Give your cat its own ID pass and keep it safe


Vets say that one of the most difficult parts of their job is having an injured pet brought into their practice that they can’t identify and reunite with its owners.

Stourbridge vet Anne Duncan is participating in National Microchipping Month (June) to help encourage more owners to consider microchipping – the insertion of an identification tag in the skin of the neck – ahead of the summer holidays.

“The summer is a particularly dangerous time for cats as they tend to wander more in the long days and when their owners are away,” said Anne. “Microchipping helps ensure that stray cats are reunited with their owners.”

PDSA, the UK’s leading veterinary charity, recommends that pet owners get their cats chipped and is supporting the initiative. 96 percent of vets and vet nurses surveyed for the PDSA Animal Wellbeing (PAW) Report* said they would make microchipping compulsory, ensuring that they are able to contact the owners of injured pets in an emergency. However, the PAW Report also revealed that less than half of the UK’s 11.9 million cats are microchipped.

Microchipping is a very quick procedure. A chip with a unique ID number is inserted into the loose skin at the back of the pet’s neck and the number is stored on a large database with its owner’s contact details. If the pet is taken to a vet, he or she will scan for a chip and quickly get in touch with the owner.

Another concern for owners is leaving their cats when they go on holiday. The PAW Report says that the majority of owners make good provision for their pets when they go on holiday and says it is best if a trusted neighbour can look after the cat in its own home while the owner is away.

To facilitate this and a new incentive to get your cat ‘chipped is that it can now also act as a door key allowing your cat freedom while keeping others out.

A British scientist, Dr Nick Hill has invented SureFlap, a high tech cat flap that can recognise the pet’s unique microchip and will only let permitted cats come into the house. So it is possible to ask a friend to feed your cat without feeding half the neighbourhood as well!

The SureFlap also helps reduce stress for cats by making ‘tailgating’ – when an intruder cat follows a pet into the home – more difficult.

Stressed cats was highlighted in the report as one of vet and vet nurses’ top three areas of concern with regard to animal wellbeing. The PDSA PAW Report recommends that as cats are naturally solitary animals, they should be given their own food and water bowls, resting places and litter facilities.

Nicola Martin, Senior Veterinary Surgeon at PDSA, commented: “The PAW Report highlights many areas where the health and wellbeing needs of the UK’s pets are not being met. Microchipping is an important part of responsible pet ownership yet only 44% of cats and 70% of dogs are chipped. All owners should be encouraged to get their pets chipped.

“Helping cats feel secure in their homes may also reduce stress and any associated problem behaviours such as spraying.”

Anne Duncan of A.K. Duncan; The Veterinary Surgery said:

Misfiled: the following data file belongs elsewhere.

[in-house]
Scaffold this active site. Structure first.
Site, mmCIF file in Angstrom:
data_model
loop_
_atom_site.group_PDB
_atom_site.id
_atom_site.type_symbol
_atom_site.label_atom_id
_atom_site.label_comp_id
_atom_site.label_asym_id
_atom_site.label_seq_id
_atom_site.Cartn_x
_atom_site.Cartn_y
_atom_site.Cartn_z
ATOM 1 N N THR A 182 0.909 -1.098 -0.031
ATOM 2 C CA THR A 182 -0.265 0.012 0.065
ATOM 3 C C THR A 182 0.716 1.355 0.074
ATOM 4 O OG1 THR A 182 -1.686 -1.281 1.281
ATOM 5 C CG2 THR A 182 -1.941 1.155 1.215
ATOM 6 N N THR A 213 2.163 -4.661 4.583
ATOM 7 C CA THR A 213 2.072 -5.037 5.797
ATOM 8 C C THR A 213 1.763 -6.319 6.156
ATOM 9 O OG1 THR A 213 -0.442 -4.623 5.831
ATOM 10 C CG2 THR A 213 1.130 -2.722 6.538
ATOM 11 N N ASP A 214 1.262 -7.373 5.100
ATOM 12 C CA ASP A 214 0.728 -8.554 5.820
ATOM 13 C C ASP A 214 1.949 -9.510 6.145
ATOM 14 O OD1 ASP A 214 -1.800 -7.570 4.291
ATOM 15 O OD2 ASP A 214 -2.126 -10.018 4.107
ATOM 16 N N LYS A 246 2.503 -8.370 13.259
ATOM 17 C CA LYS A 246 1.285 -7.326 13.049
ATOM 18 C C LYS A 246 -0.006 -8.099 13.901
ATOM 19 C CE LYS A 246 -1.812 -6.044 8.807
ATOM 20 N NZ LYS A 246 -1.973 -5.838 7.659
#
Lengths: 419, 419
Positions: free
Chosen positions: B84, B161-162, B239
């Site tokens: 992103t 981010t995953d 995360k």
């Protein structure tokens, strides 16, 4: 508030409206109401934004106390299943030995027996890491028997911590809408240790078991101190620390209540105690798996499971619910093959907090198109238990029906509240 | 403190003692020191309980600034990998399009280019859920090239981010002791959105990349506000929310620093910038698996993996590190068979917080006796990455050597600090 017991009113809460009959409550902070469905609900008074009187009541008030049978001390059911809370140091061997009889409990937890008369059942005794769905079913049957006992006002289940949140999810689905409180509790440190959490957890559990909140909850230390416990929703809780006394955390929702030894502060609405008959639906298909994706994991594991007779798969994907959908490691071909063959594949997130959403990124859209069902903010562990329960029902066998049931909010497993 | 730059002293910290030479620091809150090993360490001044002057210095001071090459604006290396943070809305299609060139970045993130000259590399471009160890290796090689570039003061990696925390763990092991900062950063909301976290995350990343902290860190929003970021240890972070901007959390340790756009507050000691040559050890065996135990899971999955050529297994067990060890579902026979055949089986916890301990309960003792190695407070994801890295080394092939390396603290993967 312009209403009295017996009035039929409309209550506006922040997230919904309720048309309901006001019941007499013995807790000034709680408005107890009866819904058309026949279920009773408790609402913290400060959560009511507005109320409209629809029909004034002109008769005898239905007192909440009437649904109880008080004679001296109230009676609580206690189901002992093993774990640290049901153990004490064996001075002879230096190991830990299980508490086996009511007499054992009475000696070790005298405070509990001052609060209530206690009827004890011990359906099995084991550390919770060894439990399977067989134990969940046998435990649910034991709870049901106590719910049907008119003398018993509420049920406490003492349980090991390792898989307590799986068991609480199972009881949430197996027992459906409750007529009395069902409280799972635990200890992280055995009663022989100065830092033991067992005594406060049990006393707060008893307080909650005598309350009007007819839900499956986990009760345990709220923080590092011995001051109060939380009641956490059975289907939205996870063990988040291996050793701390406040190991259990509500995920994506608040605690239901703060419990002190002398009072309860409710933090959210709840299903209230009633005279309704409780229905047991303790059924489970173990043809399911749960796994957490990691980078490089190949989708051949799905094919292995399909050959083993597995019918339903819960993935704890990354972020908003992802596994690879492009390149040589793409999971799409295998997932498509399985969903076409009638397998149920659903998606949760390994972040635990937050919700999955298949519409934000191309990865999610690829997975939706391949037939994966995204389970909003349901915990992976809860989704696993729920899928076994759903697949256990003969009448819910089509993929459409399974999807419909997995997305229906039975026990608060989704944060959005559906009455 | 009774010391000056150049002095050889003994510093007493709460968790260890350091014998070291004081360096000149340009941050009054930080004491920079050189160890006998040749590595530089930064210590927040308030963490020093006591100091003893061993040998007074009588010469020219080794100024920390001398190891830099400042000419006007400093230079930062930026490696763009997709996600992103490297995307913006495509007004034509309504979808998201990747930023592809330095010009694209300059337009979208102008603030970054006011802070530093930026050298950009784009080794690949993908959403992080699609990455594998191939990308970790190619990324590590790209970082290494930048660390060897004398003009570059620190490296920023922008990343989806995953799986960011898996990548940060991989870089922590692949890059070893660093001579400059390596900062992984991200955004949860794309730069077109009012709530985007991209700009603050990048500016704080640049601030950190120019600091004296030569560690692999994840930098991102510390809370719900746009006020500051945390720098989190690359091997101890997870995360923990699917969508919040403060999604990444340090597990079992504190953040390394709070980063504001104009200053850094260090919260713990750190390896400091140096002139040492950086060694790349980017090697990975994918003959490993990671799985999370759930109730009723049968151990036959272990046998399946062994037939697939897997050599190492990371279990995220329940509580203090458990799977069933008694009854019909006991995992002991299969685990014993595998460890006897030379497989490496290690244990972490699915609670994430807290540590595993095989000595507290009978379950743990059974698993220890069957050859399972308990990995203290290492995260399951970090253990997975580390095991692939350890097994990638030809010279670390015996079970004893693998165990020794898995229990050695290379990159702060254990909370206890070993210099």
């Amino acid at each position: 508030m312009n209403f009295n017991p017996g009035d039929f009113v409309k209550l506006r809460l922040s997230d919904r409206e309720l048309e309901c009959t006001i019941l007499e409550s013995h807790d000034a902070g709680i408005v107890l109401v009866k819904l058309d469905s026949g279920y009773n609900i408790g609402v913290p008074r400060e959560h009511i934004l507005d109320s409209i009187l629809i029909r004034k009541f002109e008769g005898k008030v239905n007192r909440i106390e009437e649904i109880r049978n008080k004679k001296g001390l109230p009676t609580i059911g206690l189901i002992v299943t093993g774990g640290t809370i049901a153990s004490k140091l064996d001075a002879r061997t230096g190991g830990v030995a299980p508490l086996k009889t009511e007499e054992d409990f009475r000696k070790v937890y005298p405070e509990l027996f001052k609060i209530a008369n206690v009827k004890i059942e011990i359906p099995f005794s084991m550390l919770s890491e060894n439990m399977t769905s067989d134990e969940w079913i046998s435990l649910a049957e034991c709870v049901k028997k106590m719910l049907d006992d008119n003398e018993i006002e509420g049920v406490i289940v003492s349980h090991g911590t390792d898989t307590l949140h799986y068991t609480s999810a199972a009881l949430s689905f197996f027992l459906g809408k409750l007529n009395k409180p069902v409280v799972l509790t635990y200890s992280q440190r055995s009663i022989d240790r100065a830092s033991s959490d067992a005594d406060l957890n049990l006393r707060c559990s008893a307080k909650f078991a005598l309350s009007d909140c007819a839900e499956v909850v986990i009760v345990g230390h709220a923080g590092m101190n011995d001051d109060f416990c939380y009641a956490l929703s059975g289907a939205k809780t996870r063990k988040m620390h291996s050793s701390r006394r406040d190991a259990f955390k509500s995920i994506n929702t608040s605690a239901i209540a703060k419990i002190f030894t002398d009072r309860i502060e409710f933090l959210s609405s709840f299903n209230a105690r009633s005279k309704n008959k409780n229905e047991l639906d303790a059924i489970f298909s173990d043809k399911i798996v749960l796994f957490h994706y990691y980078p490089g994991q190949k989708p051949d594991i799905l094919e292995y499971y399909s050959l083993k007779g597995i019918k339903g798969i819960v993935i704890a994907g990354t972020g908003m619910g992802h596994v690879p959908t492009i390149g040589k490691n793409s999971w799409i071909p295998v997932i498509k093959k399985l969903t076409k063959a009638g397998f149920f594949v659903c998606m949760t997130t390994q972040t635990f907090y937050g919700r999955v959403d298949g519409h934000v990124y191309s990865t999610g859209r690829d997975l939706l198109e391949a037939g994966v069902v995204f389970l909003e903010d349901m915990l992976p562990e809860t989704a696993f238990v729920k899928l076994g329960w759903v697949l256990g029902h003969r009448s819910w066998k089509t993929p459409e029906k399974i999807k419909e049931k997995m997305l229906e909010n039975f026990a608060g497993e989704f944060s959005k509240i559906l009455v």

“It is a difficult part of our job to tell an owner their pet has been in an accident but it is even worse when we have an injured pet that we can’t identify. To encourage more pet owners to consider microchipping before they go on holiday, we are offering microchipping for just £12.”

Details of other events in National Microchipping Awareness month are available on the SureFlap website.

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Tips for preventing and dealing with emergencies

  • Microchip your cat or check that your details are up to date on the database
  • If a neighbour is looking after your pet, give them details of your vet in case of emergency and pin the number near the telephone
  • If a pet is involved in a car accident, stay calm and take them to the vet in a box or on a firm surface, they may be shocked or have internal injuries so keep them warm and as still as possible.
  • Report accidents involving dogs to the police.
  • Consider a microchip operated cat flap, especially if your pet is nervous or there are many cats in the neighbourhood.


Notes for Editors

For further information, please contact:

Rebecca Nesbit/ Rachel Holdsworth, PR consultants

Holdsworth Associates

Tel: 01954 202789     


About SureFlap

The SureFlap microchip cat flap can recognise a cat’s individual microchip, and will only open for cats whose identity is stored. It uses patented low-power RFID technology developed in Cambridge (UK) by Dr Nick Hill, and runs on 4xAA batteries.

Recommended by vets, SureFlap works with 9, 10 and 15 digit microchips and can be programmed to recognise up to 32 cats.

For more information please visit the sureflap website

PDSA’s survey of 11,124 dog, cat and rabbit owners (124 from Northern Ireland) was conducted online between 21st September – 16th November 2010 through the YouGov panel. Data is weighted to be representative of dog, cat and rabbit owners in the UK. For more information, please visit

©2015 Holdsworth Associates